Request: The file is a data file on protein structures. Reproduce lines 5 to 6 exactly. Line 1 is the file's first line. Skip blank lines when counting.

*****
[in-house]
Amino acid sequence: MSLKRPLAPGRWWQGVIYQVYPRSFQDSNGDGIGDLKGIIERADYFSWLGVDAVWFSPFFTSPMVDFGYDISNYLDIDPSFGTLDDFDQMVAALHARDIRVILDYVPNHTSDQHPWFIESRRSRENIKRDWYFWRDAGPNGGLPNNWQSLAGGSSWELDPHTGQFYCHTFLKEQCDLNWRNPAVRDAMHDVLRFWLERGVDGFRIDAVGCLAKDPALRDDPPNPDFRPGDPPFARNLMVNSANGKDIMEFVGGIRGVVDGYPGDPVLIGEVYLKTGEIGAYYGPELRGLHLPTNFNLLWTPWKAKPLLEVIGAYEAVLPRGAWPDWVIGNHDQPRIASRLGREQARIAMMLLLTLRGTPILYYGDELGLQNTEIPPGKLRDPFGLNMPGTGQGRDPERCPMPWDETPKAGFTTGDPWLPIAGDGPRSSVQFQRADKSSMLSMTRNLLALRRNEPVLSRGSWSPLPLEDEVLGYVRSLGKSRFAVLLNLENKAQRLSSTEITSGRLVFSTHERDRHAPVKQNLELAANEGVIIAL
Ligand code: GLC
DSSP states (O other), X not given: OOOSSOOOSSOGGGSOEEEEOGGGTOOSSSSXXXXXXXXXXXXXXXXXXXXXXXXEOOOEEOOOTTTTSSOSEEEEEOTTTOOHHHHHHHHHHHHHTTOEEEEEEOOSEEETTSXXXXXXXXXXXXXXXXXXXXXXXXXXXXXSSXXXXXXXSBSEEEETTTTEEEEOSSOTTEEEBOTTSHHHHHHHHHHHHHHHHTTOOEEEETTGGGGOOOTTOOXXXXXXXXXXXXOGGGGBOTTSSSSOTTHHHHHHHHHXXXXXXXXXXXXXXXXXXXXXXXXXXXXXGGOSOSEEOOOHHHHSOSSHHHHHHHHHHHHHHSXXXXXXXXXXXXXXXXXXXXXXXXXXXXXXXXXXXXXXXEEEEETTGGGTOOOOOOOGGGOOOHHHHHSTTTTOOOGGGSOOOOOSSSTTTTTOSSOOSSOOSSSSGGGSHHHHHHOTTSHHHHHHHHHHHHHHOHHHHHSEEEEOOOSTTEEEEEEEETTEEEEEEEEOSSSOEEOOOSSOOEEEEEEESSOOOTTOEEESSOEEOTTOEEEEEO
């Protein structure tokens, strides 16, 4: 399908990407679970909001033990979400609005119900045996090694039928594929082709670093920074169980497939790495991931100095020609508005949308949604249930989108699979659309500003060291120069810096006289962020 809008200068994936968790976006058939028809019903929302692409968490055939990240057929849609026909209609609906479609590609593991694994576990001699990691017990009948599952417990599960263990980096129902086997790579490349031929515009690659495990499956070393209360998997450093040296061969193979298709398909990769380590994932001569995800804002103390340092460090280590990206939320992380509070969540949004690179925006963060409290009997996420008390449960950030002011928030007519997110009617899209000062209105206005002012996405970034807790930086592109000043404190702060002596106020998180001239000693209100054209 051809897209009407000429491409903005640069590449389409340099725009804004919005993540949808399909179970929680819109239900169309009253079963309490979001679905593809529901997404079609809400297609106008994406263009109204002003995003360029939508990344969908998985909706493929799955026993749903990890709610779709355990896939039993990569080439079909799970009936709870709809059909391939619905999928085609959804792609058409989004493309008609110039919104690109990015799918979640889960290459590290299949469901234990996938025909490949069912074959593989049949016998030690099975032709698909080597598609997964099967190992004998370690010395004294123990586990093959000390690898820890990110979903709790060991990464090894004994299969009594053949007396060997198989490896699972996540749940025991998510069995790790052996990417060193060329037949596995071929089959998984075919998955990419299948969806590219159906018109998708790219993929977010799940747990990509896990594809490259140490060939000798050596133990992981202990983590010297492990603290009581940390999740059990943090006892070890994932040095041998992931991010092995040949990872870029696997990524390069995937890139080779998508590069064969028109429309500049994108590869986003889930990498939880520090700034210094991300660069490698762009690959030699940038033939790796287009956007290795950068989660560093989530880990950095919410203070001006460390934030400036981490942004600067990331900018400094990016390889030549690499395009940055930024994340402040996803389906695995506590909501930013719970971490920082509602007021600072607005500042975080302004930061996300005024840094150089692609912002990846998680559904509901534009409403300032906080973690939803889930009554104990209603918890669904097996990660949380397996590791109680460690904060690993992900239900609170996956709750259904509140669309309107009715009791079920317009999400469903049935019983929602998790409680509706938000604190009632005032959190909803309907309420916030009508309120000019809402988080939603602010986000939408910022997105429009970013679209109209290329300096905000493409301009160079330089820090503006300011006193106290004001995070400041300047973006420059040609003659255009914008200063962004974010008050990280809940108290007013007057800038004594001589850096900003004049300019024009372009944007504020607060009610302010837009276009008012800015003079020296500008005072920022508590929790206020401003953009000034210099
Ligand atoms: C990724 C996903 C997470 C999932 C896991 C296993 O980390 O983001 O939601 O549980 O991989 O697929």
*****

């Protein structure tokens, strides 16, 4: 399908990407679970909001033990979400609005119900045996090694039928594929082709670093920074169980497939790495991931100095020609508005949308949604249930989108699979659309500003060291120069810096006289962020 809008200068994936968790976006058939028809019903929302692409968490055939990240057929849609026909209609609906479609590609593991694994576990001699990691017990009948599952417990599960263990980096129902086997790579490349031929515009690659495990499956070393209360998997450093040296061969193979298709398909990769380590994932001569995800804002103390340092460090280590990206939320992380509070969540949004690179925006963060409290009997996420008390449960950030002011928030007519997110009617899209000062209105206005002012996405970034807790930086592109000043404190702060002596106020998180001239000693209100054209 051809897209009407000429491409903005640069590449389409340099725009804004919005993540949808399909179970929680819109239900169309009253079963309490979001679905593809529901997404079609809400297609106008994406263009109204002003995003360029939508990344969908998985909706493929799955026993749903990890709610779709355990896939039993990569080439079909799970009936709870709809059909391939619905999928085609959804792609058409989004493309008609110039919104690109990015799918979640889960290459590290299949469901234990996938025909490949069912074959593989049949016998030690099975032709698909080597598609997964099967190992004998370690010395004294123990586990093959000390690898820890990110979903709790060991990464090894004994299969009594053949007396060997198989490896699972996540749940025991998510069995790790052996990417060193060329037949596995071929089959998984075919998955990419299948969806590219159906018109998708790219993929977010799940747990990509896990594809490259140490060939000798050596133990992981202990983590010297492990603290009581940390999740059990943090006892070890994932040095041998992931991010092995040949990872870029696997990524390069995937890139080779998508590069064969028109429309500049994108590869986003889930990498939880520090700034210094991300660069490698762009690959030699940038033939790796287009956007290795950068989660560093989530880990950095919410203070001006460390934030400036981490942004600067990331900018400094990016390889030549690499395009940055930024994340402040996803389906695995506590909501930013719970971490920082509602007021600072607005500042975080302004930061996300005024840094150089692609912002990846998680559904509901534009409403300032906080973690939803889930009554104990209603918890669904097996990660949380397996590791109680460690904060690993992900239900609170996956709750259904509140669309309107009715009791079920317009999400469903049935019983929602998790409680509706938000604190009632005032959190909803309907309420916030009508309120000019809402988080939603602010986000939408910022997105429009970013679209109209290329300096905000493409301009160079330089820090503006300011006193106290004001995070400041300047973006420059040609003659255009914008200063962004974010008050990280809940108290007013007057800038004594001589850096900003004049300019024009372009944007504020607060009610302010837009276009008012800015003079020296500008005072920022508590929790206020401003953009000034210099
Ligand atoms: C990724 C996903 C997470 C999932 C896991 C296993 O980390 O983001 O939601 O549980 O991989 O697929």